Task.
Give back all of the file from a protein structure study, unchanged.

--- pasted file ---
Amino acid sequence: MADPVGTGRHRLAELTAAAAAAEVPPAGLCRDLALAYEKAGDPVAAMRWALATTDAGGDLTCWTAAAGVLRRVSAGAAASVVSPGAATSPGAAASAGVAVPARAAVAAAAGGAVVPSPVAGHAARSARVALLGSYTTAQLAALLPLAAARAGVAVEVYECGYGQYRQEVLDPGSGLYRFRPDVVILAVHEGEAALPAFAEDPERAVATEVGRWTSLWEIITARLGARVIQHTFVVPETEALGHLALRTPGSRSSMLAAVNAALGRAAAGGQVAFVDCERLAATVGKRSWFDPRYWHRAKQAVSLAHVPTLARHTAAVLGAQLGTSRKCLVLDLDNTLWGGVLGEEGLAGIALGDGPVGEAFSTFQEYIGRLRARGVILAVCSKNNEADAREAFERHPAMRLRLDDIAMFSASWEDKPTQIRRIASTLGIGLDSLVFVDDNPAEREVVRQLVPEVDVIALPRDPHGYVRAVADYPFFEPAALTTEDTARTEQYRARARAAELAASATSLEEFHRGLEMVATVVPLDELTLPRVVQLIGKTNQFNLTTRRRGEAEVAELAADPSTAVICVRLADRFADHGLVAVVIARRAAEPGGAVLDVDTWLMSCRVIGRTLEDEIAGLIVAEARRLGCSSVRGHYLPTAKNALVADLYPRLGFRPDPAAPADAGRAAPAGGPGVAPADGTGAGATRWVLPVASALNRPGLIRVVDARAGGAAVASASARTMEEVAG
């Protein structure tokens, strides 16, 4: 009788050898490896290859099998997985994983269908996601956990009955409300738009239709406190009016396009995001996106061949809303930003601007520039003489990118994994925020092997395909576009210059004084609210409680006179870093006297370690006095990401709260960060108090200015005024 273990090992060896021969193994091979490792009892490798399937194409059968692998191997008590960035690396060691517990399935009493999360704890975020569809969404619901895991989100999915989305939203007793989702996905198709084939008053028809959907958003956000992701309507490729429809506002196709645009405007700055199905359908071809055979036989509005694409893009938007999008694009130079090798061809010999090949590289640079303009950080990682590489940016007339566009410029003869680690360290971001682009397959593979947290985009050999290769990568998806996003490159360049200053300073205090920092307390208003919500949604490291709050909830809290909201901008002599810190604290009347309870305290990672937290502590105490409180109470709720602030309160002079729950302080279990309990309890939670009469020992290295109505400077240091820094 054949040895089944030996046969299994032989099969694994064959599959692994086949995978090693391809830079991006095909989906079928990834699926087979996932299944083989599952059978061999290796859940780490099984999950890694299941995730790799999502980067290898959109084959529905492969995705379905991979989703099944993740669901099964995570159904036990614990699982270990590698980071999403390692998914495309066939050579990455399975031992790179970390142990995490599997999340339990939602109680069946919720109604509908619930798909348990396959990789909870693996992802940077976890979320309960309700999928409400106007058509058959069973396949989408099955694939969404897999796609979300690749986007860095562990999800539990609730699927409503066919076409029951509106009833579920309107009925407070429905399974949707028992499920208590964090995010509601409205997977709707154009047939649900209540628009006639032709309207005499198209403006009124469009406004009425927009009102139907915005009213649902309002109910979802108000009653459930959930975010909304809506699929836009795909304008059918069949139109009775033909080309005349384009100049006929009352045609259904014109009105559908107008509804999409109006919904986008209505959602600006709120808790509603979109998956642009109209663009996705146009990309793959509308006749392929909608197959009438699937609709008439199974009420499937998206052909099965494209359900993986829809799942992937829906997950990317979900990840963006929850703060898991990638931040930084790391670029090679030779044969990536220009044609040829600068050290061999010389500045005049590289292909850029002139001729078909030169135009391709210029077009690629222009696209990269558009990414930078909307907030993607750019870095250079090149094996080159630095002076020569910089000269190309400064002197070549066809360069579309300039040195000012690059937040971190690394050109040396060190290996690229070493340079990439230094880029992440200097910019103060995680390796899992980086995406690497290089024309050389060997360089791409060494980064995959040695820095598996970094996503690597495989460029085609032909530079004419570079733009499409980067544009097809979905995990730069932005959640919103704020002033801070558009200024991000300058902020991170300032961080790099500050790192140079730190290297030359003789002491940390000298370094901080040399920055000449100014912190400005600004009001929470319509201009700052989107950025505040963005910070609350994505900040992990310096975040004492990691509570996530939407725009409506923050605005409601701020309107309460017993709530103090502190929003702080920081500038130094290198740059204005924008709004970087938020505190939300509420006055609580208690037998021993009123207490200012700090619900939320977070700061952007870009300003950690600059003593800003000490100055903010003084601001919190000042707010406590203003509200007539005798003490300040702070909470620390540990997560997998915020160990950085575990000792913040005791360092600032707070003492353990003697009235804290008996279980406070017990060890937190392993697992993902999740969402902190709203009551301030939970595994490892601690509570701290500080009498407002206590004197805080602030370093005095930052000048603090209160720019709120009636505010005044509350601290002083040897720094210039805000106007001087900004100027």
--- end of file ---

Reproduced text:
Amino acid sequence: MADPVGTGRHRLAELTAAAAAAEVPPAGLCRDLALAYEKAGDPVAAMRWALATTDAGGDLTCWTAAAGVLRRVSAGAAASVVSPGAATSPGAAASAGVAVPARAAVAAAAGGAVVPSPVAGHAARSARVALLGSYTTAQLAALLPLAAARAGVAVEVYECGYGQYRQEVLDPGSGLYRFRPDVVILAVHEGEAALPAFAEDPERAVATEVGRWTSLWEIITARLGARVIQHTFVVPETEALGHLALRTPGSRSSMLAAVNAALGRAAAGGQVAFVDCERLAATVGKRSWFDPRYWHRAKQAVSLAHVPTLARHTAAVLGAQLGTSRKCLVLDLDNTLWGGVLGEEGLAGIALGDGPVGEAFSTFQEYIGRLRARGVILAVCSKNNEADAREAFERHPAMRLRLDDIAMFSASWEDKPTQIRRIASTLGIGLDSLVFVDDNPAEREVVRQLVPEVDVIALPRDPHGYVRAVADYPFFEPAALTTEDTARTEQYRARARAAELAASATSLEEFHRGLEMVATVVPLDELTLPRVVQLIGKTNQFNLTTRRRGEAEVAELAADPSTAVICVRLADRFADHGLVAVVIARRAAEPGGAVLDVDTWLMSCRVIGRTLEDEIAGLIVAEARRLGCSSVRGHYLPTAKNALVADLYPRLGFRPDPAAPADAGRAAPAGGPGVAPADGTGAGATRWVLPVASALNRPGLIRVVDARAGGAAVASASARTMEEVAG
């Protein structure tokens, strides 16, 4: 009788050898490896290859099998997985994983269908996601956990009955409300738009239709406190009016396009995001996106061949809303930003601007520039003489990118994994925020092997395909576009210059004084609210409680006179870093006297370690006095990401709260960060108090200015005024 273990090992060896021969193994091979490792009892490798399937194409059968692998191997008590960035690396060691517990399935009493999360704890975020569809969404619901895991989100999915989305939203007793989702996905198709084939008053028809959907958003956000992701309507490729429809506002196709645009405007700055199905359908071809055979036989509005694409893009938007999008694009130079090798061809010999090949590289640079303009950080990682590489940016007339566009410029003869680690360290971001682009397959593979947290985009050999290769990568998806996003490159360049200053300073205090920092307390208003919500949604490291709050909830809290909201901008002599810190604290009347309870305290990672937290502590105490409180109470709720602030309160002079729950302080279990309990309890939670009469020992290295109505400077240091820094 054949040895089944030996046969299994032989099969694994064959599959692994086949995978090693391809830079991006095909989906079928990834699926087979996932299944083989599952059978061999290796859940780490099984999950890694299941995730790799999502980067290898959109084959529905492969995705379905991979989703099944993740669901099964995570159904036990614990699982270990590698980071999403390692998914495309066939050579990455399975031992790179970390142990995490599997999340339990939602109680069946919720109604509908619930798909348990396959990789909870693996992802940077976890979320309960309700999928409400106007058509058959069973396949989408099955694939969404897999796609979300690749986007860095562990999800539990609730699927409503066919076409029951509106009833579920309107009925407070429905399974949707028992499920208590964090995010509601409205997977709707154009047939649900209540628009006639032709309207005499198209403006009124469009406004009425927009009102139907915005009213649902309002109910979802108000009653459930959930975010909304809506699929836009795909304008059918069949139109009775033909080309005349384009100049006929009352045609259904014109009105559908107008509804999409109006919904986008209505959602600006709120808790509603979109998956642009109209663009996705146009990309793959509308006749392929909608197959009438699937609709008439199974009420499937998206052909099965494209359900993986829809799942992937829906997950990317979900990840963006929850703060898991990638931040930084790391670029090679030779044969990536220009044609040829600068050290061999010389500045005049590289292909850029002139001729078909030169135009391709210029077009690629222009696209990269558009990414930078909307907030993607750019870095250079090149094996080159630095002076020569910089000269190309400064002197070549066809360069579309300039040195000012690059937040971190690394050109040396060190290996690229070493340079990439230094880029992440200097910019103060995680390796899992980086995406690497290089024309050389060997360089791409060494980064995959040695820095598996970094996503690597495989460029085609032909530079004419570079733009499409980067544009097809979905995990730069932005959640919103704020002033801070558009200024991000300058902020991170300032961080790099500050790192140079730190290297030359003789002491940390000298370094901080040399920055000449100014912190400005600004009001929470319509201009700052989107950025505040963005910070609350994505900040992990310096975040004492990691509570996530939407725009409506923050605005409601701020309107309460017993709530103090502190929003702080920081500038130094290198740059204005924008709004970087938020505190939300509420006055609580208690037998021993009123207490200012700090619900939320977070700061952007870009300003950690600059003593800003000490100055903010003084601001919190000042707010406590203003509200007539005798003490300040702070909470620390540990997560997998915020160990950085575990000792913040005791360092600032707070003492353990003697009235804290008996279980406070017990060890937190392993697992993902999740969402902190709203009551301030939970595994490892601690509570701290500080009498407002206590004197805080602030370093005095930052000048603090209160720019709120009636505010005044509350601290002083040897720094210039805000106007001087900004100027």